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Customs Duties - Introduction

Customs Duty

Customs duty is a kind of indirect tax which is levied on goods of international trade. Duties levied in relation to imported goods are referred to as import duty and duties levied on the export consignments are called export duty.

Background Concept

The ancient "custom" of gifting a part of his merchandise by a merchant to the King while entering a kingdom came to be formalized by the modern States into customs duty. Customs duty is imposed on the goods imported into or exported out of the country. Developing economies including India use customs duties as an important source of revenue and also a method to regulate the flow of goods.

Customs Administration

The Central Board of Excise and Customs (CBEC) is the apex body for customs administration. Central Board of Excise and Customs (CBEC) is a part of the Department of Revenue under the Ministry of Finance, Government of India. CBEC deals with the task of formulation of policy concerning levy and collection of customs duties. The Board discharges the various tasks assigned to it, with the help of its field formations namely the Customs, Customs (Preventive) and Central Excise Zones, Commissionerate of Customs, Customs (Preventive), Central Revenues Control Laboratory and Directorates. There are 11 zones of Customs and Customs (Preventive) spread across the country. These zones are headed by the Chief Commissioners. There are 35 Commissionerates exclusively of Customs and Customs (Preventive), 67 Commissioners of Central Excise and Customs (Appeals) and 4 posts of Commissioner (Adjudication) – one each at Mumbai, Chennai, Delhi and Bangalore.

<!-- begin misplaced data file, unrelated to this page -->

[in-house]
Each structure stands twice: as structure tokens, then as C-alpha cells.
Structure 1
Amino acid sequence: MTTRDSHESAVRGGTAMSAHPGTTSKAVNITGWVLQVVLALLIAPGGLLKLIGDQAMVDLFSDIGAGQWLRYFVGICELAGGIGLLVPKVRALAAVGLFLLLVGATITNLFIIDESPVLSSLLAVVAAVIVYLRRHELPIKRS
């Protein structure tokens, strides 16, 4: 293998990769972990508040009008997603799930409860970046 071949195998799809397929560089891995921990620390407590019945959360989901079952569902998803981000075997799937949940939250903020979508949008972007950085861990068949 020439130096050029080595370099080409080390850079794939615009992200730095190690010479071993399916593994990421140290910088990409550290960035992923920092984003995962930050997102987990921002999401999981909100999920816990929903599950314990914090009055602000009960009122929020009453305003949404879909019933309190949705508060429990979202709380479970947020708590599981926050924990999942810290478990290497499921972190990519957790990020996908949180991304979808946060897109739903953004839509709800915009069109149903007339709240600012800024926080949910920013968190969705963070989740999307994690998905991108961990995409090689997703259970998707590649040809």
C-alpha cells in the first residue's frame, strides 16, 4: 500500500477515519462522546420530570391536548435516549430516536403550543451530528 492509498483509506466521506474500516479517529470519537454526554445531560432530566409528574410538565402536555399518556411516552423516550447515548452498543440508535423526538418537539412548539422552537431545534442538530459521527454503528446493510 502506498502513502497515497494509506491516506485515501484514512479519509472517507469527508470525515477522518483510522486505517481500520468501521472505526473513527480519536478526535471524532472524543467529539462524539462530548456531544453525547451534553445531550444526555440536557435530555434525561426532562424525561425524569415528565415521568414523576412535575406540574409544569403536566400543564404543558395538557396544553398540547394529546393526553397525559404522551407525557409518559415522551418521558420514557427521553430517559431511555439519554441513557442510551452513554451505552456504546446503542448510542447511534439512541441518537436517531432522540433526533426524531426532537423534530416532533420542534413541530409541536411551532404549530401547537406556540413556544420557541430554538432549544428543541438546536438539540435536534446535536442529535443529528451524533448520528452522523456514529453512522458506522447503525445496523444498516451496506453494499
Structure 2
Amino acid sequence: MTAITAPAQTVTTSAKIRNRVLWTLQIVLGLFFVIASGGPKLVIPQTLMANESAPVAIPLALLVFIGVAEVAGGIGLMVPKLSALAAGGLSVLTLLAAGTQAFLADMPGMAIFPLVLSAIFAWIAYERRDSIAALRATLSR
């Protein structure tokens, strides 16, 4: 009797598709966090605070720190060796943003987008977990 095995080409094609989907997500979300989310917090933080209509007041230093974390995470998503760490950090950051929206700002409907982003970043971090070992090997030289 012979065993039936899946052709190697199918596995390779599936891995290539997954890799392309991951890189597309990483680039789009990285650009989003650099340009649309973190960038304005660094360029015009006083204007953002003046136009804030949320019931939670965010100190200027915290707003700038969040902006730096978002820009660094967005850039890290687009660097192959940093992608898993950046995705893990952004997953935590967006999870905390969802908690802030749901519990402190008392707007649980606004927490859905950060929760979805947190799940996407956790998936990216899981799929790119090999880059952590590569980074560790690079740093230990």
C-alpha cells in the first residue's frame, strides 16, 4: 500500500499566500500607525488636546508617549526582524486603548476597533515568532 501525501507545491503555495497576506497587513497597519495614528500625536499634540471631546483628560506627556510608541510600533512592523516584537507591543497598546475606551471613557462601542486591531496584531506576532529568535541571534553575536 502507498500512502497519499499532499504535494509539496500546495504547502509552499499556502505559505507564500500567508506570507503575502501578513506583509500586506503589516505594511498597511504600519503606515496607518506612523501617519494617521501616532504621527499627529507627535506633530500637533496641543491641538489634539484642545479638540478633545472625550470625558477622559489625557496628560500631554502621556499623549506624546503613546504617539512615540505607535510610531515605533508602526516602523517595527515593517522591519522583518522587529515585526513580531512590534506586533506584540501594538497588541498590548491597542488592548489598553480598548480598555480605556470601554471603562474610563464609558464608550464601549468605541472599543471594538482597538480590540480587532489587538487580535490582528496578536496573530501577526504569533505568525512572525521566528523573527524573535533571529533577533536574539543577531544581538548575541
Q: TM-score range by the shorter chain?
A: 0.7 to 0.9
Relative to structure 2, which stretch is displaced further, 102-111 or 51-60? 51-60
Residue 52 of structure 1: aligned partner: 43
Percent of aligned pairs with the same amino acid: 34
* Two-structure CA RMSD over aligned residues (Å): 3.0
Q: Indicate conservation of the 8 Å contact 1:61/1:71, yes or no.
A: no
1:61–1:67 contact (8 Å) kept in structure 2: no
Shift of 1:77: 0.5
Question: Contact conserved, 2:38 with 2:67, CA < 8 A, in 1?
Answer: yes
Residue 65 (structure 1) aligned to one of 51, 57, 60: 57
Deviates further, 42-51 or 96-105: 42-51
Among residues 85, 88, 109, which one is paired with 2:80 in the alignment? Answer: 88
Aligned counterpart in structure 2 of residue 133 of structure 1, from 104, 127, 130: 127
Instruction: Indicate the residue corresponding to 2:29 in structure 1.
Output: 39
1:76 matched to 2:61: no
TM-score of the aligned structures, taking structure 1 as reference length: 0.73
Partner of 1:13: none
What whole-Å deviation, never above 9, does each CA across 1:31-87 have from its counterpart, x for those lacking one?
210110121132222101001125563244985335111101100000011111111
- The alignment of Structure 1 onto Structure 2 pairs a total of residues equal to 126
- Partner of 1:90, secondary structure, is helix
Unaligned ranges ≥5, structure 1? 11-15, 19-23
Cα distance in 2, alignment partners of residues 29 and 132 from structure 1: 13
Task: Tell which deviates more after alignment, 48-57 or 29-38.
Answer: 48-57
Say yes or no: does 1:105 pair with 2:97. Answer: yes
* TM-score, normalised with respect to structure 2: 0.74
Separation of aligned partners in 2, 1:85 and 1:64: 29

Calculation of Customs Duty

Calculation of Customs duty depends on the determination of assessable value in case of items for which the duty is levied ad valorem. The assessable value is often the transaction value or the value assessed in accordance with Brussels definition. India is an active member of the World Customs Organisation and has adopted various international customs conventions and procedures, including the Harmonised Classification System and the General Agreement on Tariffs and Trade (GATT) based Valuation System.

Harmonized System Code

Products are given an identification code known as the Harmonized System code for the purpose of assessment of Customs duty. This code has been evolved and assigned by the World Customs Organization based in Brussels. Introduction of HS Code in 1990s has largely replaced the earlier Standard International Trade Classification (SITC), though SITC still remains in use for statistical purposes. In drawing up the national tariff, the revenue departments often specify the rate of Customs duty with reference to the HS Code of the product. In some countries and customs unions, 6-digit HS codes are locally extended to 8 digits or 10 digits for further tariff classification. Thus the European Union uses an 8-digit CN (Combined Nomenclature) and 10-digit TARIC codes.